Perhaps the secret of her popularity is that she arouses the individual, builds his confidence, and encourages him to take charge of his life. If this is so, then her work resembles inspirational literature, self-help literature — the sort of literature that says “Take Control of Your Life,” “Get Your Shit Together,” “Success is a Choice,” etc. Rand summarized her ethical theories by writing: “To live, man must hold three things as the supreme and ruling values of his life: Reason, Purpose, Self-esteem.”16 This remark resembles the advice that one finds in self-help books, such as the bestselling Purpose-Driven Life. Among literary people, it is customary to despise inspirational literature, to regard it as “supermarket literature.” In earlier issues of Phlit, however, I’ve argued that there’s a deep truth in inspirational literature — namely, that the mind can control external circumstances. If I take a dim view of Ayn Rand, it isn’t because her work resembles inspirational literature, it’s because she overrates reason, and she neglects the mystical, the occult, and the unconscious.
Rand’s philosophy is called Objectivism. She maintains that knowledge and values are objective, not subjective. “According to the Objectivist epistemology, through sensory perception and a process of reasoning, man can achieve absolute knowledge of his environment. Objectivism rejects skepticism.”17 In the political sphere, Rand’s followers often agree with conservatives and libertarians: “Objectivism holds that... the proper moral purpose of one’s life is to pursue one’s own rational self-interest, and that the only moral social system is full laissez-faire capitalism with a minimal government limited to courts, police, and a military.”18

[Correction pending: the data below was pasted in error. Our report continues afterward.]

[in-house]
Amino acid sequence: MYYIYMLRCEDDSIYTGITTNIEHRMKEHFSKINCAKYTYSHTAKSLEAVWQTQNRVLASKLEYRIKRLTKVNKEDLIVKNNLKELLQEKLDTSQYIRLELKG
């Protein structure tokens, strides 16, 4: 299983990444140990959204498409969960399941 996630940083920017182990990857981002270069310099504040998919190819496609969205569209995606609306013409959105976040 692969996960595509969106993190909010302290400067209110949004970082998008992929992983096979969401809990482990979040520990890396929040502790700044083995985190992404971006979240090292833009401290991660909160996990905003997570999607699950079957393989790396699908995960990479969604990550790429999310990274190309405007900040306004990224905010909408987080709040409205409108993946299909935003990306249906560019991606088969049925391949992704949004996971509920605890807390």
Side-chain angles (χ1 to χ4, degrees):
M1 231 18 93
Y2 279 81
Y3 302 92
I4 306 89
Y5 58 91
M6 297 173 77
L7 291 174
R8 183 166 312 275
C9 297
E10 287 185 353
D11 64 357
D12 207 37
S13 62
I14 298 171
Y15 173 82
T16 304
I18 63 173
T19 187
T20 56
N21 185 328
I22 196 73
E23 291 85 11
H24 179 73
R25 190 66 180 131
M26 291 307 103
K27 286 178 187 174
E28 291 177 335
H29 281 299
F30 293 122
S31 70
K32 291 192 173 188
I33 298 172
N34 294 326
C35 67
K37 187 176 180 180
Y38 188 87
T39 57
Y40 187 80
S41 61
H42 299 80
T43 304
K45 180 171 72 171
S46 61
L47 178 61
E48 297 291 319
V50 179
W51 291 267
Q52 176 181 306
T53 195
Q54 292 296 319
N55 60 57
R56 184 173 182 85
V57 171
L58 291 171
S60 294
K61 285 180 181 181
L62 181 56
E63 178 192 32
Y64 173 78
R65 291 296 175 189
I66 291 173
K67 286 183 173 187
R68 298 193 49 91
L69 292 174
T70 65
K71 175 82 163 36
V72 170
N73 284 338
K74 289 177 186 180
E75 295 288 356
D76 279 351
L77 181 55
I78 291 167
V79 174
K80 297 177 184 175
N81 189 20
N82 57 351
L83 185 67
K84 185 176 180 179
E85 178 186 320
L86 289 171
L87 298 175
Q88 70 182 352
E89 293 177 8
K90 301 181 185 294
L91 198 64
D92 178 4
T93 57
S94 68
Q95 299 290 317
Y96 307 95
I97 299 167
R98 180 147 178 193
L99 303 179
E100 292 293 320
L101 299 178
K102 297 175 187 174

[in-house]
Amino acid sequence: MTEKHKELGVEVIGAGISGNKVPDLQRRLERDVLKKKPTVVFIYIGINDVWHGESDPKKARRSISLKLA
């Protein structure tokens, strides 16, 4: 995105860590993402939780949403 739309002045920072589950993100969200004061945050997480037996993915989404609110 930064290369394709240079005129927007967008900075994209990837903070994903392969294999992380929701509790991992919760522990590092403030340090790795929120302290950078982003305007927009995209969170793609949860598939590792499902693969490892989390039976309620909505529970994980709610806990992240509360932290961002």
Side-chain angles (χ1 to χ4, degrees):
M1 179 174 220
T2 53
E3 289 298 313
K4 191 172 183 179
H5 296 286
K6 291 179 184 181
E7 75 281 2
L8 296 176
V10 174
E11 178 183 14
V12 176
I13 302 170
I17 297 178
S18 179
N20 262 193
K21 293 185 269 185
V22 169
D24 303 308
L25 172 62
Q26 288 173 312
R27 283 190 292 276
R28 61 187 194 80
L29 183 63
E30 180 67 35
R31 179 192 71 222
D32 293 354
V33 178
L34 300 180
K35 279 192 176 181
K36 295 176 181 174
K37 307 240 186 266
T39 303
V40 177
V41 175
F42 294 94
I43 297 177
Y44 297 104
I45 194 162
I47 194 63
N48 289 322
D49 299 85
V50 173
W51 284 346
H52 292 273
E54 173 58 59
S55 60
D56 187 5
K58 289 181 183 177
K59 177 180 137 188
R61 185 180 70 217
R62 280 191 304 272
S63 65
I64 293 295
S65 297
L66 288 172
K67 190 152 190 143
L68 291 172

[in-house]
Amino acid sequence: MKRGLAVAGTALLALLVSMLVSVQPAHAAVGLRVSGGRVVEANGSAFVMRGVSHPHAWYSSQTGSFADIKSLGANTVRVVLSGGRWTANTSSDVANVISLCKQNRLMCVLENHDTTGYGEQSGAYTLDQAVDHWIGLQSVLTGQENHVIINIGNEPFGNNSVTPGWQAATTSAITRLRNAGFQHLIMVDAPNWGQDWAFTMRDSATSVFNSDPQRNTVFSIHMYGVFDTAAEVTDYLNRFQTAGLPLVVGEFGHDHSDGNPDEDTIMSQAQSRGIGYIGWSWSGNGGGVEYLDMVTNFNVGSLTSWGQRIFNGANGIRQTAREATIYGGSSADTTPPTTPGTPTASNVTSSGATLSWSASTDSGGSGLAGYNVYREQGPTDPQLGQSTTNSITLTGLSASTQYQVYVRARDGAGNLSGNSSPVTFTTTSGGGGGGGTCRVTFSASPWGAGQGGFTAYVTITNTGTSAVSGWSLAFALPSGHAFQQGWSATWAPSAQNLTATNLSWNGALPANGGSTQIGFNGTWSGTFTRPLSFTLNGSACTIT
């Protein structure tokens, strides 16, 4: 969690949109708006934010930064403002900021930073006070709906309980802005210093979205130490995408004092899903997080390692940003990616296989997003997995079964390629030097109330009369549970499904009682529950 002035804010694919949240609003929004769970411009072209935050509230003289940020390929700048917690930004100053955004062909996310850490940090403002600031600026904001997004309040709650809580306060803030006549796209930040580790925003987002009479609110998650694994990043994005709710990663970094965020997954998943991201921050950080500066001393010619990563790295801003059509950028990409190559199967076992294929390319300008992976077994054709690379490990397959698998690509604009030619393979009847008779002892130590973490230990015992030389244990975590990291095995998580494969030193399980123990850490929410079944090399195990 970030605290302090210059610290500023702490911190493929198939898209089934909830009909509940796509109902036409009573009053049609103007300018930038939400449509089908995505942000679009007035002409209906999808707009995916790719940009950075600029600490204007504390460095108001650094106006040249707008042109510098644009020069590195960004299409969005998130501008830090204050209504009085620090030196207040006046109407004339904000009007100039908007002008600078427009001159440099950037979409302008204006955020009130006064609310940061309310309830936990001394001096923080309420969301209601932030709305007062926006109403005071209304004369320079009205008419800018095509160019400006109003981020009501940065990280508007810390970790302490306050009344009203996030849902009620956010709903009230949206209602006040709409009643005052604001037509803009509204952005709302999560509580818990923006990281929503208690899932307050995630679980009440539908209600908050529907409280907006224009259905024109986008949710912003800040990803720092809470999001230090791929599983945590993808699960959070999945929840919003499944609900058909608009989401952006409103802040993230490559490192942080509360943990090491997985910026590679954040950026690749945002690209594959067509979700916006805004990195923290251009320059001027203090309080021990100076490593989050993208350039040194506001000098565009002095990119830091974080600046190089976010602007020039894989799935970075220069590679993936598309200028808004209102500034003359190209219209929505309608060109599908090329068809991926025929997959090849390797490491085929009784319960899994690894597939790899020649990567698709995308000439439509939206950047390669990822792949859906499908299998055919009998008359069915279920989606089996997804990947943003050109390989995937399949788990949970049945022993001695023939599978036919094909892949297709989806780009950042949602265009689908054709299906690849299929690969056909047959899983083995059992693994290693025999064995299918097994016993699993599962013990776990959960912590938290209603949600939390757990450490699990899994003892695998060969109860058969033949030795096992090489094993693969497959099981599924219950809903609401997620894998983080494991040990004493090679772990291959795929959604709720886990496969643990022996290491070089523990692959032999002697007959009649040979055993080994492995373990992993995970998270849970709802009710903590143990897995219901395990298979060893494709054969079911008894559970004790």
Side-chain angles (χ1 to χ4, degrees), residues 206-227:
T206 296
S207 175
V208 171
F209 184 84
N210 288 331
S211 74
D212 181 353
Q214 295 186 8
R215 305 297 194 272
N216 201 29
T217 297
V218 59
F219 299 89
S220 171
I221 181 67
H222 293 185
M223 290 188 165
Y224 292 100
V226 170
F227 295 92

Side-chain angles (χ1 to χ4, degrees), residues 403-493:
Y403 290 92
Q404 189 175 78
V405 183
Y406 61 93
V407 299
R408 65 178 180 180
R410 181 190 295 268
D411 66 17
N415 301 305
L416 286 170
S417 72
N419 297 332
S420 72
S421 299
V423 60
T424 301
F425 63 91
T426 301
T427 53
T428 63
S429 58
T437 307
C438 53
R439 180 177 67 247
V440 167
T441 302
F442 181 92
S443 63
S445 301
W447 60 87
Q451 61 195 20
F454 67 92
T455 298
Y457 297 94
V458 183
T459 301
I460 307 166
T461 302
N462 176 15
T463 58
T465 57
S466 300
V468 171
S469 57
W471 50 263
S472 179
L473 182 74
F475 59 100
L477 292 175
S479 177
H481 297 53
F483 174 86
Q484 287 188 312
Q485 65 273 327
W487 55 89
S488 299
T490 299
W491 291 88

I haven’t read any of Rand’s works, and have no plans to do so.
Here’s a story from the New York Times about Rick Pitino, coach of the Louisville Cardinals:
|Five years ago, Rick Pitino rented a house [in Louisville] for Kentucky Derby week. One sunny morning, he sat on the porch with an old friend, Holy Cross Coach Ralph Willard, and chatted about the possibility of returning to college coaching. [Pitino was then coaching a pro team, the Boston Celtics, but was ready for a change.] “It would be tough,” Willard recalled saying to Pitino. “Once you’ve coached at Kentucky, where else can you go?” Suddenly, a bright red cardinal landed on the porch table between them, inches from their coffee cups. Willard and Pitino exchanged smiles. “When the Louisville job opened up the next year, we howled at that story,” Willard said recently in a telephone interview. “What are the odds? We knew what it was. We knew it was a prophetic moment.”19|